The article goes on to talk about another HUGE star, Michael Jordan, and how he refused to endorse a Democratic candidate in the 1990 Senate race. Its the same case when the color green becomes the most important color. Should every star athlete try to fix every problem in the world? No. I am not endorsing that idea. I am not saying that LeBron should try to single-handedly try to end the genocide in Darfur. That would be impossible. I am simply asking why can't our brightest stars do something so small, that takes so little time and will do so much good? Jordan didn't endorse a Democrat because "Republicans buy shoes too," but do you think the sales of his shoes would take a hit just because he backed Harvey Gantt in his attempt to unseat ex-segregationalist Jesse Helms in 1990? In my opinion, his sales wouldn't have been hurt that much (especially since 1990 was the beginning of the MJ era).

Back to LBJ 23, would adding his name to a list of people really hurt his Nike sales in China? Perhaps he is missing the point: PEOPLE ARE DYING! "Chinese invest a billion dollars a year in Sudan and purchase two-thirds of its oil. Proceeds from these sales help fund the Arab militia known as the janjaweed, which continues to murder, rape, and dismember non-Arabs in Sudan's western region of Darfur." But he doesn't have enough information about the situation. I have defended LeBron so much this season but now I can honestly say I am disappointed in him. He may not have let Akron, Cleveland or the league down, but he has definitely lost a fan in me.


Anonymous said...

I am going to play devil's advocate real quick:

I find LeBron's statement to be admirable. Why should he rush to take a stand in something that he has no information about.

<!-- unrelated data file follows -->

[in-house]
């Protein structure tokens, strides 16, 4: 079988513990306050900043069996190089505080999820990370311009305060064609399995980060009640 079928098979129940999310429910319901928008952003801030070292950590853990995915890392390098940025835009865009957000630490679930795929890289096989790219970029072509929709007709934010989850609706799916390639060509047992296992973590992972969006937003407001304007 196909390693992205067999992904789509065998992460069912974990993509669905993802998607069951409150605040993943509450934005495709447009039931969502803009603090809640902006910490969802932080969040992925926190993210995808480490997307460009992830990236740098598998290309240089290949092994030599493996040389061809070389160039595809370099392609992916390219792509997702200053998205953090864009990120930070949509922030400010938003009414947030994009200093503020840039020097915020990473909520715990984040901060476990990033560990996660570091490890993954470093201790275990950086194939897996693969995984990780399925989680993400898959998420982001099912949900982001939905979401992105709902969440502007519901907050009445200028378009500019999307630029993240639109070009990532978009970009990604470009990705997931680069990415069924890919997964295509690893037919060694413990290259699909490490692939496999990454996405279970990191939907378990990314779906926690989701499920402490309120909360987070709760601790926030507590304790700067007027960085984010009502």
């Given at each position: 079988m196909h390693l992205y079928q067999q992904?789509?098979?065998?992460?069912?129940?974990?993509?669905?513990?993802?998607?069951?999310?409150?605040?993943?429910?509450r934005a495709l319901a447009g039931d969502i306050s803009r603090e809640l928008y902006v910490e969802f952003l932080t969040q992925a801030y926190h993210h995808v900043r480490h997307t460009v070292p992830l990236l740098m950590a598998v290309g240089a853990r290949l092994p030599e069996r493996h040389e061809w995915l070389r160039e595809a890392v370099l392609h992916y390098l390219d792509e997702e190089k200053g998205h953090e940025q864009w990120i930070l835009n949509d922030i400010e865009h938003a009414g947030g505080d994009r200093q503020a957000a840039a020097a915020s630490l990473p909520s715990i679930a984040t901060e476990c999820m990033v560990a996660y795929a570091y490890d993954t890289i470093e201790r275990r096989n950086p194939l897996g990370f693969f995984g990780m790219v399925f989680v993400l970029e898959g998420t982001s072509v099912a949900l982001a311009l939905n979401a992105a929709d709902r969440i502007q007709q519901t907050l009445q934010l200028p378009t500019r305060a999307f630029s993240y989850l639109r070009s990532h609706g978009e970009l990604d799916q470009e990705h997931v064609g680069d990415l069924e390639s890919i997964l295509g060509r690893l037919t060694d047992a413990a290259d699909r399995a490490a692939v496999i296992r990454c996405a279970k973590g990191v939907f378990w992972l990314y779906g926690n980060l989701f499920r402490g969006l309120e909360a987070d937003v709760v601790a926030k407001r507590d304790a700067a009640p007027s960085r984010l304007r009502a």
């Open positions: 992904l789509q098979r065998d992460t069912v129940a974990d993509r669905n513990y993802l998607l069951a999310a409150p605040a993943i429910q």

Furthermore, LeBron is a basketball player. Why can't we let the man just play basketball? I understand that entertainers seem to have more pull in society, but doesn't that strike anyone as assbackwards? Why are we not pressing our political scientists and government leaders in these issues? This reminds me of the bit from Dave Chappelle where he talks about MTV interviewing Ja Rule after 9/11... "Quick! Someone get ahold of LeBron James!"

Now I understand that he is an icon, and that comes along with some responsibilities - but I just don't think politics, at this point in his life, for a man who has not yet even attended college, is a proper arena where he should take an uninformed stance.

In the end, the sad reality is that only the politicians will have the final say. No amount of protest from LeBron James (or the Dixie Chicks, or whatever the celebrity of the day is) will accomplish anything except a quick ESPN and CNN story that will fade from memory in about a week's time.


Anonymous said...

"When I look at myself, I'm not representing LeBron now. I'm representing the league, the city of Akron, the city of Cleveland...I'm not going to disappoint nobody."
This statement is not ironic. He clearly states that he won't disappoint nobody. If he doesn't understand double negatives, how can he possibly understand world issues. Maybe he should spend more time using the basketball attached to his neck.